The machinist (Stage 3): The last step in casting the metal. I used a centrifugal casting method. The hot cylinder is taken right out of the kiln was placed in the arm of the centrifugal machine and it is wound up. The metal grains I was going to cast, are placed in a ceramics crucible next to the opening of the cylinder. The metal is melted using a torch flame. On releasing the arm, it rotates and the centrifugal forces push the metal to rush into the empty spaces of the wax tree inside the cylinder (See the video below). The cylinder is then removed from the arm and sunk into a bucket of water. Voila! We have the metal tree! After cleaning, the objects are sawed out of the tree and finished.
The 3rd series combines 2 metals - silver & copper. For this, I used a completely different technique of production called metal fabrication. This involved working directly with the metal. I used some metal forming techniques to achieve a more organic form with creases, curves and folds. Jewellery fabrication techniques of metal forming, chasing, soldering and riveting have been used. Many prototypes were made and experiments were embarked upon before arriving at the final objects.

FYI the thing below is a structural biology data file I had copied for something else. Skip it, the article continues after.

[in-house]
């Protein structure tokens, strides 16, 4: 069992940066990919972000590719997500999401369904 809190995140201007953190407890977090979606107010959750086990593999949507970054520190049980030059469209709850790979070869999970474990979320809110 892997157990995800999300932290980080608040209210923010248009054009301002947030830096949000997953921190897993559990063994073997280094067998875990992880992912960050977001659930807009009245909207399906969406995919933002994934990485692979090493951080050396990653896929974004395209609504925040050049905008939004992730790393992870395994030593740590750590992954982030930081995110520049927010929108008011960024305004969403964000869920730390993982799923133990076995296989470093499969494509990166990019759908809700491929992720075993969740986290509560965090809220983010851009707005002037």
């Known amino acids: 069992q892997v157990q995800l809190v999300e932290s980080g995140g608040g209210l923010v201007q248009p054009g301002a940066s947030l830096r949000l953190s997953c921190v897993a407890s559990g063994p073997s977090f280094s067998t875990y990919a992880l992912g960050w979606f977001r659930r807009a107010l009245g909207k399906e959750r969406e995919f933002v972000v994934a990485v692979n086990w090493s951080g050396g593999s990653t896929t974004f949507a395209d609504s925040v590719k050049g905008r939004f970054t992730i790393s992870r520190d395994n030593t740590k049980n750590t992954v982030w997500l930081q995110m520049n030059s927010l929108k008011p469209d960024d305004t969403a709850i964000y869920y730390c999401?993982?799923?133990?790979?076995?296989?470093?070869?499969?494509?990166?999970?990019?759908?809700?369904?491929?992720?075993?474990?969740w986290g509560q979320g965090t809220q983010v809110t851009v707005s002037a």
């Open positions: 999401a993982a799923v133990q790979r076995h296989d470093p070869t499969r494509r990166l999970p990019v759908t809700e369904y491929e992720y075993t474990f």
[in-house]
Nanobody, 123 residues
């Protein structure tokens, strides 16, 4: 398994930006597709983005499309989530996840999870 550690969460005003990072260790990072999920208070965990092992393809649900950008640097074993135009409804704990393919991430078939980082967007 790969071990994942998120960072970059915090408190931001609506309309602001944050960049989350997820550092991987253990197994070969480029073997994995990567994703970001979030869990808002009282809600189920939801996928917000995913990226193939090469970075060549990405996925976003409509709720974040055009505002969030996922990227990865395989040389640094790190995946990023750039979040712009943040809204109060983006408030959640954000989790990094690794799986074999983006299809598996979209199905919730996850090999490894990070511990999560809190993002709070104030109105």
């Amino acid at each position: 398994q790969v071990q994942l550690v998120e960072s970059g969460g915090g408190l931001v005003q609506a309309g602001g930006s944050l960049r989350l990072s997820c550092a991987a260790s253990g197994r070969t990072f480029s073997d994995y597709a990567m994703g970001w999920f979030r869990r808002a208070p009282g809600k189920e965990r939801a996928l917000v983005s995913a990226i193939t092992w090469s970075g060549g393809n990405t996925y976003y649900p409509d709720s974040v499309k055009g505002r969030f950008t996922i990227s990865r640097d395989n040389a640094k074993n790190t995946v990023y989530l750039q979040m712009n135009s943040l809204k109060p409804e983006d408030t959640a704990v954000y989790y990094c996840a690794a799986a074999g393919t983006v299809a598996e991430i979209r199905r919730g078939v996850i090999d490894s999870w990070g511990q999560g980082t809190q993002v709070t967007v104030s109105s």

The journey of “Daag” has been a truly exhilarating one. The joy of holding the final objects in my hands is incomparable. When I look at the final objects, I see how they all bear unique marks of the hand and the tool. I can trace the journey of each piece from sketch to tangible object. Over the course of making the collection, I learnt new techniques and skills of working with metal, and this has opened a whole world of possibilities. I also learnt that all the doubts and trials experienced are important to the process. The wide eyed maker in me is eager to delve deeper into working with this new found knowledge of tools, materials and the body.
However the finished objects are not the end of the process. The next step in the process is photographing them, so that the collection can be showcased and shared with everyone. The next blogpost has the concluding notes on the making for DAAG.